Gaming execs: Join 180 select leaders
from King, Glu, Rovio, Unity, Facebook, and more to plan your path to global domination in 2015. GamesBeat Summit
is invite-only -- apply here
. Ticket prices increase
on April 3rd!
[UPDATE: In an email, John Callaham directed us to his final comment on Neowin’s forums: “I still stand by the points that I made in my editorial, and I still greatly admire what Notch has done in terms of his creation of Minecraft.”]
Neowin.net writer John Callaham struck a nerve last Friday, when he wrote an open letter to Marcus “Notch” Persson about Windows 8 and called him a hypocrite for what he says is “a massive overreaction to the OS and its features.” The Minecraft creator responded today with a carefully worded post of his own, titled, “John Callaham: Don’t be a goat murderer.”
Callaham’s story came after two tweets from Persson on Sept. 27, the first of which read, “Got an email from Microsoft, wanting to help ‘certify’ Minecraft for Win 8. I told them to stop trying to ruin the PC as an open platform.” The second read, “I’d rather have Minecraft not run on Win 8 at all than to play along. Maybe we can convince a few people not to switch to Win 8 that way. …”
The tweets triggered an Internet explosion, even prompting Persson to acknowledge that people online were upset about his statements.
But this isn’t the first time the developer has voiced his concerns about the new operating system. In a discussion on Reddit in August, he told the community, “I hope we can keep a lot of open and free platforms around. If Microsoft decides to lock down Windows 8, it would be very, very bad for indie games and competition in general.”
But Callaham is unconvinced the new Windows version is any less open than it was before. In an article called “Notch: Don’t be a hypocrite about Minecraft and Windows 8,” the technology news site reporter wrote, “Microsoft is still letting developers make programs that can be run on the desktop UI with no need for a Windows Store or certification to have them published. That isn’t changing. It’s kind of like objecting to buying a new car because it has an option to run diesel fuel as well as regular gasoline.”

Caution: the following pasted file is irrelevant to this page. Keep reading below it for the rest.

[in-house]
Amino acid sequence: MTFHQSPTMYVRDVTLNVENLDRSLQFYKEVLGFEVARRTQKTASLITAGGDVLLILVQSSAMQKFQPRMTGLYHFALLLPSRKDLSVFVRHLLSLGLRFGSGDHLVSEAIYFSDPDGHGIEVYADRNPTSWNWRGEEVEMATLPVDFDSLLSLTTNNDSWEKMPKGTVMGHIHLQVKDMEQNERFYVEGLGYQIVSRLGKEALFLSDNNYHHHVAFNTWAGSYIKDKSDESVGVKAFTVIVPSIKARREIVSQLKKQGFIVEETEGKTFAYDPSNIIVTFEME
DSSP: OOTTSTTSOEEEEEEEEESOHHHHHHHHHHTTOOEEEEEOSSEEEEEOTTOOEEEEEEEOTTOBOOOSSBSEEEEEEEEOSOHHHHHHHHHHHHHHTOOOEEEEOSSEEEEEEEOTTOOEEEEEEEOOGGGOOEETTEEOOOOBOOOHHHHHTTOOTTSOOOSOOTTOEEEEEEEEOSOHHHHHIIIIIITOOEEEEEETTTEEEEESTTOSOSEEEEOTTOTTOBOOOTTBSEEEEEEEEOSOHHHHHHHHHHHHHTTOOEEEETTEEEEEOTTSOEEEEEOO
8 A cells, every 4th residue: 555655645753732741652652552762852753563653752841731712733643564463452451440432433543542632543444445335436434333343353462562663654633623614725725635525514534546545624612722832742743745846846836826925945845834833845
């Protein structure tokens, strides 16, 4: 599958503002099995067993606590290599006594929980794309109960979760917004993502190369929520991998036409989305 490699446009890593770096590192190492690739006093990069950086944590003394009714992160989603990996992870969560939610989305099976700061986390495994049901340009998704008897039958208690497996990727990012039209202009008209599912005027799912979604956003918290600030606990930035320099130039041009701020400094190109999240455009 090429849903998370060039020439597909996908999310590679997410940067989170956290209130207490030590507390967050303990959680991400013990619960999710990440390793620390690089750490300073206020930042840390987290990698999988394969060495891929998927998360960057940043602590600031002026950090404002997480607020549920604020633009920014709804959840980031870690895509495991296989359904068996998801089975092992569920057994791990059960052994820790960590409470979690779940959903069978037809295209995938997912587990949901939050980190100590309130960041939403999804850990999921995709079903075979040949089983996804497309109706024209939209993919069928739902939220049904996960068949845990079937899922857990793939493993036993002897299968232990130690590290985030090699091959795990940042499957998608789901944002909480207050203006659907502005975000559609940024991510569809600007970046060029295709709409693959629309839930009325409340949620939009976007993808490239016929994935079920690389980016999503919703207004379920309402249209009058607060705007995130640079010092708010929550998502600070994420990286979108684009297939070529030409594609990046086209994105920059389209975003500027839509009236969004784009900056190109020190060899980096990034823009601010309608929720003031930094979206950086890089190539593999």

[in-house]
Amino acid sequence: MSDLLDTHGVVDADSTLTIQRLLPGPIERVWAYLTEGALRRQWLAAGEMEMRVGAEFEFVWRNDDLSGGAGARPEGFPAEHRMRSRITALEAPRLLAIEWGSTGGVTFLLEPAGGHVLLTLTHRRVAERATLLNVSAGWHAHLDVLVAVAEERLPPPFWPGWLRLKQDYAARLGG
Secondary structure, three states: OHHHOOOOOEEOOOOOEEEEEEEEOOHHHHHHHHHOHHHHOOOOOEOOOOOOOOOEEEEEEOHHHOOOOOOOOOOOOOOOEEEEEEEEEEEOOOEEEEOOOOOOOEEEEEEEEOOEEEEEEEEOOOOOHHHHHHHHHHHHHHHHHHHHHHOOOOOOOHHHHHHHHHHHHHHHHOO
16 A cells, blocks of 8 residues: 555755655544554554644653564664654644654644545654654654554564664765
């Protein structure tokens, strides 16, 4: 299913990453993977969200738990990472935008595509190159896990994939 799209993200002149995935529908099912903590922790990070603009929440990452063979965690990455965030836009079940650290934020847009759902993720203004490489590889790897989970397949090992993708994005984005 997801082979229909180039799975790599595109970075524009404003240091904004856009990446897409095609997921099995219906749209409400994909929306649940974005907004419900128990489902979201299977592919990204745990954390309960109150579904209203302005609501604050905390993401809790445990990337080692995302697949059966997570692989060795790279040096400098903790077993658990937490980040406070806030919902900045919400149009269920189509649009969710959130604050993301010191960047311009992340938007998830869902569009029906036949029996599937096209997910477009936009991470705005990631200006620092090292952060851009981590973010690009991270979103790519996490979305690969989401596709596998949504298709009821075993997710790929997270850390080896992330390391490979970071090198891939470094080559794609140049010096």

Callaham also mentioned that Games for Windows Live, Microsoft’s direct download game store, didn’t stop Persson from releasing Minecraft on PC, nor did the closed platforms of Android, iOS, and Xbox 360 prevent him from launching successful non-PC versions of the game.
“At best, your attitude sounds like someone who is afraid of anything ‘new,'” said Callaham. “At worst, your words make you look like a total hypocrite when you and your team at Mojang have benefited greatly from having Minecraft sold on closed platforms like iOS and the Xbox 360.”
But Persson remained firm in his response. “I care a lot about my PC, and I want it to stay open and will not participate in anything that would make it more closed.
“For every user Microsoft convinces to use the Modern UI, they have one more user they get to choose what programs they can see. They get to certify programs and control the experience. This is great for them (and [arguably] makes for a smoother end user experience as well, but that’s debatable if it’s good), but it places faaaaar too much power in the hands of a single entity.”
It seems most of Persson’s trepidation comes from the the possibility that Microsoft could disallow unsigned programs in the future and force users toward the Windows 8 store. However, not all industry professionals are condemning the platform. Brad Wardell, the chief executive officer of Stardock, wrote on Kotaku that it was a “usability nightmare,” but added, “I’m a PC developer. I want Windows 8 to succeed. I have Windows games and software in development with release dates far in the future. It’s a pretty big deal to us that Windows 8 not fail.”
Microsoft seems to have the consumer in mind, at least: It plans to offer backwards compatibility for older Windows games and intends to merge its experience with that of its console, the Xbox 360. And for developers, Windows could offer more tools and introduce games to a larger audience.
The latter aspect could, of course, come with a downside: As Persson said, Microsoft could hypothetically emphasize certain programs and applications over others. But whether it would refuse noncertified games entirely is a different matter.
Windows 8 is available to the public on Oct. 26. We reached out to Callaham for comment,